Wednesday, November 9, 2016

Inheritances reduce wealth inequality

I note as an aside that Sweden, in the field of socioeconomics, seems to be taking a similar role as that of Iceland in genetics. Iceland has a small population (300,000 or so) with reasonably well documented family genealogies of several generations length, and a national medical health care system which makes it much easier to link genetic cause to health outcome than in virtually any other population. For these reasons, Icelanders have been the source of much research.

Similarly, Sweden has a smallish population (some 9.5 million) with a long history of economic and social population measurement (legibility in James C. Scott's terminology in Seeing Like a State). I see more and more research out of Sweden answering sociological questions based on rigorous measurement. Examples: An amazing amount of assortative mating within psychiatric disorders, Deinstitutionalization, Sweden edition, Feminists and unexpected field experiments, and Behaviors and well-being.

In that pattern of research there is Inheritance and wealth inequality: Evidence from population registers by Mikael Elinder, Oscar Erixson and Daniel Waldenström. From the abstract:
This study estimates the effect of inheriting wealth on inequality and mobility in the wealth distribution. Using new population-wide register data on inheritances in Sweden, we find that inheritances reduce inequality and increase mobility among heirs. Richer heirs indeed inherit larger amounts, but less affluent heirs receive substantially larger inheritances relative to their pre-inheritance wealth than do richer heirs. The Swedish inheritance tax had a small overall impact but appears to have mitigated the equalizing effect of inheritances. We also investigate the potentially confounding role of pre-inheritance gifts and behavioral responses to expectations about future inheritances, but neither of them change the main finding that inheritances reduce wealth inequality.
If true, and if true in countries other than Sweden, this is a quite interesting caution agaiinst following logical assumptions without checking against actual demonstrated facts. It is logical to assume that inheritances would increase income inequality in a population. It makes so much sense. And if it were the case, then that in turn provides an excellent rationale for increasing inheritance taxes. High inheritance taxes could be assumed to reduce inequality, an emotionally appealing idea.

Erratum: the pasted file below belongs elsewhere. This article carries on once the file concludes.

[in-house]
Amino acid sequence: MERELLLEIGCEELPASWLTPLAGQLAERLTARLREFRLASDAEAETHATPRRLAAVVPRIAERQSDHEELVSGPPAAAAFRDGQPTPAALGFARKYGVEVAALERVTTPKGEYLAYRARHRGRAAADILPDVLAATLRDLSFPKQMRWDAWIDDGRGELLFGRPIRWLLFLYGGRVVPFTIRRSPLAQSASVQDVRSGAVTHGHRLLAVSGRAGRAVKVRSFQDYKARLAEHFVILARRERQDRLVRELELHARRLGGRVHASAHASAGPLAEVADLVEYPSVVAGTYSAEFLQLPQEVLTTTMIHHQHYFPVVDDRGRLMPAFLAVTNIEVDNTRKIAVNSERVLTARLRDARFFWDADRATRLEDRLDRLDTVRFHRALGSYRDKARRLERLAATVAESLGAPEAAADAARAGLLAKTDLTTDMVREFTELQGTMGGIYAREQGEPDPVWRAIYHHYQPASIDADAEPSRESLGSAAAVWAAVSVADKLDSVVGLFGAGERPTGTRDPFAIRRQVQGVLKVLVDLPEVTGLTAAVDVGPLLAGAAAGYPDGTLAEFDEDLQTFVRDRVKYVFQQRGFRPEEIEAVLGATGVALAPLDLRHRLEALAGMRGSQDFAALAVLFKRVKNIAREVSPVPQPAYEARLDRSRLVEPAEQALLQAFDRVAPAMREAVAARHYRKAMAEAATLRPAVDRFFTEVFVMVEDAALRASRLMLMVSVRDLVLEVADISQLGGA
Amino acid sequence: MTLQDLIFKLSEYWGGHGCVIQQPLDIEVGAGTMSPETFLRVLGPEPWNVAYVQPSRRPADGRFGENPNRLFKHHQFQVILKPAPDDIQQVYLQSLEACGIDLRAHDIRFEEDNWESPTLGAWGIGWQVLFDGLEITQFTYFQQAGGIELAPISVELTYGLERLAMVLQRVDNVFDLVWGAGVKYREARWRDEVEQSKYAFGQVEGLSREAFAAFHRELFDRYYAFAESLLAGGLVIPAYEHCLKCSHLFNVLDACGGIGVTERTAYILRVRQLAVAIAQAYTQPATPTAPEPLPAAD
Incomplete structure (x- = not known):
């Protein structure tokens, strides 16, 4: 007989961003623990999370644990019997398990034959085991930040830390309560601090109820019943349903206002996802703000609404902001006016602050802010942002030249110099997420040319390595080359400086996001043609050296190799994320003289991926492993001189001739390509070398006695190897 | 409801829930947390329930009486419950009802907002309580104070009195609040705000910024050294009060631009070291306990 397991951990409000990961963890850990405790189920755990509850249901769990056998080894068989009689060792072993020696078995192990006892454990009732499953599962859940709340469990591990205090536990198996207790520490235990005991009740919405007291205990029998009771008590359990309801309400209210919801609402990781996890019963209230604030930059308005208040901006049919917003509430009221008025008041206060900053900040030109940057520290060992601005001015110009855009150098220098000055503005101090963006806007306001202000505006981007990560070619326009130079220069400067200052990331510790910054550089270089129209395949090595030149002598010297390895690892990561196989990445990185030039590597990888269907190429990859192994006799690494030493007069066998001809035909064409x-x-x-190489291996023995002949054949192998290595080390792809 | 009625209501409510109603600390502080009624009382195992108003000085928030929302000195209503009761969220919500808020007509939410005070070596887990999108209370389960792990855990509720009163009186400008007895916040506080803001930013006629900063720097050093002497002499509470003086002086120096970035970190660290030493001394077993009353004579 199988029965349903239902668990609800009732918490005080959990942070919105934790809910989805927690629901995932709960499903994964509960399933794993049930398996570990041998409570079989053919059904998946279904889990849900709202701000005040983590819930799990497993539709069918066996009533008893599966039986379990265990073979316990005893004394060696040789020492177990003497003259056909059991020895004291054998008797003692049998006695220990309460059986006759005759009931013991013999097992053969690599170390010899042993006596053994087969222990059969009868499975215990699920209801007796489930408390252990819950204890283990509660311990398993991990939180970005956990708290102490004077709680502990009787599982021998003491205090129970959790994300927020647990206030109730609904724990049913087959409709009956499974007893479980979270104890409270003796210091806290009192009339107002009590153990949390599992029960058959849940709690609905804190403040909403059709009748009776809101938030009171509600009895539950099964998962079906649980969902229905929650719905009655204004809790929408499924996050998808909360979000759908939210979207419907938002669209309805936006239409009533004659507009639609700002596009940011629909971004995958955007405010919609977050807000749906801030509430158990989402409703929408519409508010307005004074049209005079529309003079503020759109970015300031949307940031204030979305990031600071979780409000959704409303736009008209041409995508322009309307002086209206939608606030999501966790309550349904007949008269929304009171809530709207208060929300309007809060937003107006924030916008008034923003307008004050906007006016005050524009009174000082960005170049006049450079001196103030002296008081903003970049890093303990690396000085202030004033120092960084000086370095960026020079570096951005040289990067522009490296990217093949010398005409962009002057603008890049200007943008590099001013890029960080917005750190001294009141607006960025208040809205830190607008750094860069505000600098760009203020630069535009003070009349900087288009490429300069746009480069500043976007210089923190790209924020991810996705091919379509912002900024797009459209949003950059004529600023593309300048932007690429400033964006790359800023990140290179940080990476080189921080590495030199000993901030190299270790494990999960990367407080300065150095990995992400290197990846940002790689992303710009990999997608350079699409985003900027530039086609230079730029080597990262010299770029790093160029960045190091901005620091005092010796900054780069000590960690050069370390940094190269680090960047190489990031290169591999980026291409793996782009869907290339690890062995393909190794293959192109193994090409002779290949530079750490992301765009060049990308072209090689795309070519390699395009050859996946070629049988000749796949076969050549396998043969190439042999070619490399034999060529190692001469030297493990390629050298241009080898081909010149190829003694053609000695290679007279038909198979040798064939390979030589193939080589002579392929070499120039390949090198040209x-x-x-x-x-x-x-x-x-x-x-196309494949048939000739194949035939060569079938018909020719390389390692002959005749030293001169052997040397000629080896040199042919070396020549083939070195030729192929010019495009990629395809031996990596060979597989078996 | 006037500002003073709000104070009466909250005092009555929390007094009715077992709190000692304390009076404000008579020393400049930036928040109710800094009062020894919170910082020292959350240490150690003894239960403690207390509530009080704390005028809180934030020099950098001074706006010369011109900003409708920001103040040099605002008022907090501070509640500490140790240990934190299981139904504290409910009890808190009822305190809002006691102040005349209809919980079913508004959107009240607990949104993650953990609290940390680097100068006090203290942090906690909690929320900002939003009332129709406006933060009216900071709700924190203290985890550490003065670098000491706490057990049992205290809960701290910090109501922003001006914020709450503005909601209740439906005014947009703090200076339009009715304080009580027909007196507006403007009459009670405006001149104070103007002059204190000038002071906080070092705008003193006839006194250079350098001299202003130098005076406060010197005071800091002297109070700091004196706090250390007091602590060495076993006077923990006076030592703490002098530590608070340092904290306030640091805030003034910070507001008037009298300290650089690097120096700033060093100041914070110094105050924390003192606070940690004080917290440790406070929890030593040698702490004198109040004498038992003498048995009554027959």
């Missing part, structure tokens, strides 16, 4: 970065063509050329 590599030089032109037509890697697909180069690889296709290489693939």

But emotions should be held in check by evidence. The Swedish evidence suggests that if income inequality is your main concern, then removing inheritance taxes is a good public policy approach.

There is a jaundiced view that inheritance taxes are actually a scheme by the established elite to bar the middle class from entering the elite class and that reducing inequality was never the objective in the first place. The argument is that the established elite are in a position, having sponsored the policies in the first place, to find the loopholes to protect their favored status while the actual burden falls most heavily on the middle class. Under this scenario, you keep out the hoi polloi and raise money on someone else's labor at the same time. A win-win for the the vested interests.

Regardless for the original justification, the actual data from Sweden suggests that high death taxes do not facilitate reduced income inequality.

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